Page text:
This is the exact reason people seem to love Everything Everywhere All at Once. It’s also the reason why I think it falls way way way short of having the same impact as any of the above mentioned movies, which all explore their stories with care and nuance and subtlety. Everything Everywhere All at Once is the exact opposite of subtle, as it so candidly adopts this model to the degree where it loses any and all emotion about 45 minutes in. Life didn’t turn out the way Evelyn envisioned…and that’s about the extent of it. Aren’t we all dissatisfied with our lives from time to time? Don’t we all wonder what would have happened if we dated this person or took that job or made that other decision? You’d think something so simple and relatable would be a perfect fit for a defamiliarized tale. Yet Everything Everywhere All at Once just beats you over the head with the same point ad nauseam. If I could give movies a passing grade for effort, I would. But effort actually works in the opposite direction for this film, as nearly two-and-a-half hours of non-stop cuts and settings and colors and character beats does nearly nothing to advance the central theme of the film. It’s all for show, and it left me feeling nothing by the end.
I know I will get pushback on this, as Everything Everywhere All at Once seems to be everybody’s favorite movie of the year. People will say, “How can you hate on a movie that’s trying this hard and doing this much?” Look, I think there are great parts in this movie and people are giving it their all. The acting, the directing, the settings and costumes and sounds—it’s all great. But I profoundly reject the notion that Everything Everywhere All at Once simply “tries harder” than a movie like Kimi or Morbius or Dog. I refuse to be that narrow-minded and oblivious when it comes to the beautiful art of cinema. Even the simplest of movies that are missing the fast-paced editing and world building and character catalog of Everything Everywhere All at Once have just as much capability to explore the universal truths of life. Most people don’t even realize what movies like Gravity or The World’s End or Mulholland Drive are doing at a thematic level. But we know what Everything Everywhere All at Once is doing because…it tells us. Over. And over. And over. This movie has about seven monologues where a character philosophizes about life in several different settings cleanly edited together in the exact same way every single time—and I’m supposed to accept that this movie tries harder than other movies? No. No way.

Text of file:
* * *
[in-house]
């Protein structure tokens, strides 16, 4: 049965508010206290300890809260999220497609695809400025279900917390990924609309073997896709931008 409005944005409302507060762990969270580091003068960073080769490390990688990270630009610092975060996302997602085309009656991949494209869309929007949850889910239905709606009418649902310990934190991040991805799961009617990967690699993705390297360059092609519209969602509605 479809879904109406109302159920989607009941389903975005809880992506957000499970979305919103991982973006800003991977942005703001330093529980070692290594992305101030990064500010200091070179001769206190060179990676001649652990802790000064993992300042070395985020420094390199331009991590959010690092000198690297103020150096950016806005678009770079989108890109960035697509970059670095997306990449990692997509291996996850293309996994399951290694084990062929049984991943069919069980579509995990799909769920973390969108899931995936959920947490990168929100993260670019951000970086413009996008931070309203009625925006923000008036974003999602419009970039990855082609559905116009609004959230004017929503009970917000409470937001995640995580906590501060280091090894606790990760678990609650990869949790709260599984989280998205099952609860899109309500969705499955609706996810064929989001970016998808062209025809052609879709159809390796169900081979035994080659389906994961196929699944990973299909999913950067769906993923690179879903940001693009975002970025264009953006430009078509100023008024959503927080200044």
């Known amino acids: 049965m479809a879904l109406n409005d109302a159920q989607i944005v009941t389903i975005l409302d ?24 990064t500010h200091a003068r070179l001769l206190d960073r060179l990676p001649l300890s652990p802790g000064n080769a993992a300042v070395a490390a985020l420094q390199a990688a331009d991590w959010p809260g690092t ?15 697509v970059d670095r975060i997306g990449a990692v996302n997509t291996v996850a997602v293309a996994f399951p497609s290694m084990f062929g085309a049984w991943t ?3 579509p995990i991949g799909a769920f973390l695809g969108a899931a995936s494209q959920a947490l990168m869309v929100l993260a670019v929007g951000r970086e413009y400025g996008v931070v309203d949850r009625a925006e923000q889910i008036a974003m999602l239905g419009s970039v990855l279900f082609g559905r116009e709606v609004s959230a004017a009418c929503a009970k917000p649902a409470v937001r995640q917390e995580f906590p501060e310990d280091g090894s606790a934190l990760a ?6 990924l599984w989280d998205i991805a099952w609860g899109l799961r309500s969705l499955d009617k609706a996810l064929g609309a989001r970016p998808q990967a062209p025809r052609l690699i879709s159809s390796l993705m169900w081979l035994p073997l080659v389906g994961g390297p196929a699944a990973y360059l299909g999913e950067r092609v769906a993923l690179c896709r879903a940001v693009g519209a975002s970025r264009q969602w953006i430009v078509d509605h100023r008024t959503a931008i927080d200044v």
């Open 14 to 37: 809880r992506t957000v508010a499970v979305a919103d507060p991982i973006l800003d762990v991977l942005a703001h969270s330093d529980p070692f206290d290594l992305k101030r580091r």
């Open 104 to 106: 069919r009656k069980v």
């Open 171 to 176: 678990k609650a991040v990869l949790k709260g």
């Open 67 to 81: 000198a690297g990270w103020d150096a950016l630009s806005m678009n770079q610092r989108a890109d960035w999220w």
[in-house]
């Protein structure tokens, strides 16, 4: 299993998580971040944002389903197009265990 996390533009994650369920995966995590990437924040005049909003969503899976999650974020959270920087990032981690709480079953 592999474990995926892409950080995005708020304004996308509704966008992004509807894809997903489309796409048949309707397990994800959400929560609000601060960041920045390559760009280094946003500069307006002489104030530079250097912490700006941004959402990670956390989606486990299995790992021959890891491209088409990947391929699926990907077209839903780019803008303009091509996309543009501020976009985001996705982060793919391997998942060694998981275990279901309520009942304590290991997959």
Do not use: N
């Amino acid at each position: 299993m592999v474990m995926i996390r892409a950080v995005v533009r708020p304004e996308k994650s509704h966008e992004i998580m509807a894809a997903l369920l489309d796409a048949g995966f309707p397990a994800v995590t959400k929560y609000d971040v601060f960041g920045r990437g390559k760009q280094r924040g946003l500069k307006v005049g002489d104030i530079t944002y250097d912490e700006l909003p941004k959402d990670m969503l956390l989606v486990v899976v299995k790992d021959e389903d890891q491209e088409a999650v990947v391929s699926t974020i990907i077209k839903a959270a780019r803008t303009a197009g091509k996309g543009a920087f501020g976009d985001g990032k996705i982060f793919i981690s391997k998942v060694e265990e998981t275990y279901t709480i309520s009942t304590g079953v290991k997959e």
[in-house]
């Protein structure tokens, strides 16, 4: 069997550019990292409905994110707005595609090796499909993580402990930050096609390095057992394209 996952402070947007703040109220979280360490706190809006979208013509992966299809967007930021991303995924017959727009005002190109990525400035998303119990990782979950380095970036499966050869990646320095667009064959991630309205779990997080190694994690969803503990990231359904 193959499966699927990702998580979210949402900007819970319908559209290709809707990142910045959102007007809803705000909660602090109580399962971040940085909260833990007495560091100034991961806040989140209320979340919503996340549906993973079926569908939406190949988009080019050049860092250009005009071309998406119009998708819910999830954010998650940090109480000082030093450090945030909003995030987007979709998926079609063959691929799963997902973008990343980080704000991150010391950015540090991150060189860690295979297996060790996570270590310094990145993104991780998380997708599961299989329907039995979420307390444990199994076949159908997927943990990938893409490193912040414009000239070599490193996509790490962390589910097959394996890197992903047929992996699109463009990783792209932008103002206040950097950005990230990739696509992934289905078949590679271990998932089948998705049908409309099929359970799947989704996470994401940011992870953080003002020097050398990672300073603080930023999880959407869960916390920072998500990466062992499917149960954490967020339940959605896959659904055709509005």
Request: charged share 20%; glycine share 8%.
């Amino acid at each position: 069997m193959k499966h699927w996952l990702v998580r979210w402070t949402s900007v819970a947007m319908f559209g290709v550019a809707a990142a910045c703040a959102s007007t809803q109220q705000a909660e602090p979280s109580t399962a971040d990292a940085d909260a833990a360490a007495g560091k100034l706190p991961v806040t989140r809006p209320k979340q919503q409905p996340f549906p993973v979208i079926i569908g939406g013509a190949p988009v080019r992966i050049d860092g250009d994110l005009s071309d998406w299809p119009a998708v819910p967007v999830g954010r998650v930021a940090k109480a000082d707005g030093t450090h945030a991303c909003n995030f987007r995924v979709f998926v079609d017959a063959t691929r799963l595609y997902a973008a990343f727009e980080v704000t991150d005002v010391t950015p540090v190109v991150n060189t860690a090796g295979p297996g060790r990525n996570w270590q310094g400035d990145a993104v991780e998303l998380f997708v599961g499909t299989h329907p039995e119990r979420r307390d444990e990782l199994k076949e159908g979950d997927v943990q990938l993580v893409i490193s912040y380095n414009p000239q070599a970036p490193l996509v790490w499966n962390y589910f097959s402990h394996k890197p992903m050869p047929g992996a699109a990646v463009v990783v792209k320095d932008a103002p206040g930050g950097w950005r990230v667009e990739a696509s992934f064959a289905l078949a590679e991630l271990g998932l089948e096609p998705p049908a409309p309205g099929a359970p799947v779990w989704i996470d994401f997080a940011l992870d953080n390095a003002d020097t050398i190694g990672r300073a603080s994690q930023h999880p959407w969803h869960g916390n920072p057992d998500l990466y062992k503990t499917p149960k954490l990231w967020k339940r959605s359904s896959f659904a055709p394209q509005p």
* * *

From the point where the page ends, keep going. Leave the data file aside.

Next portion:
Perhaps modern cinema isn’t the problem. Maybe everybody who makes a movie is giving their all and trying to say something. Maybe, instead, it’s the way we’ve chosen to watch movies and think about movies that’s the problem. I don’t think Everything Everywhere All at Once is a bad movie. But it sure as heck isn’t above and beyond everything else.
Fantastic Beasts: The Secrets of Dumbledore (2022)
Of the many blockbusters to hit theaters this year, David Yates represents a beacon of hope. The vision this guy has is astounding—the fluidity of his scenes, the emotion he gives to important moments, the power he gives to characters. The first two scenes of this movie had me in absolute awe. Yates is showing all these wannabe genre directors how to construct an aesthetic and stay true to it throughout a picture. His biggest hurdle, unfortunately, is the money-hungry film studio looking to build yet another cinematic universe. Only the executives at Warner Bros. have the power to disrupt such impeccable flow and pacing—and trust me, they constantly due with throwbacks and foreshadows and wink-winks. It turns an otherwise breathtaking experience into a somewhat stilted story that, in the end, is just another piece in the Harry Potter Cinematic Universe. In the end, The Secrets of Dumbledore wins because of the artists involved. But it sure had to put up one hell of a fight.
In a world where independent horror felt like a lost art, Ti West was there with House of the Devil. Fast forward 13 years later, and West is back—this time to revive the slick flasher flick bankrolled by A24. While most of the horror movies that come from everyone’s new favorite film studio are cringe-worthy and pretentious and afraid to show us anything truly gnarly, X has the confidence and poise that only a master like West could devise. Maxine’s struggle to live her life to the fullest plays out so well in the horror arena. West is very adept at using the genre’s bloody offerings to give these internal battles color and texture. The story itself is so entertaining and the characters themselves are so interesting that you almost forget that we’re following one woman’s journey to achieve mental stability from the very beginning. But by the end, the film sure makes its mark. And in its wake, I’m amazed more movies can’t pull it off.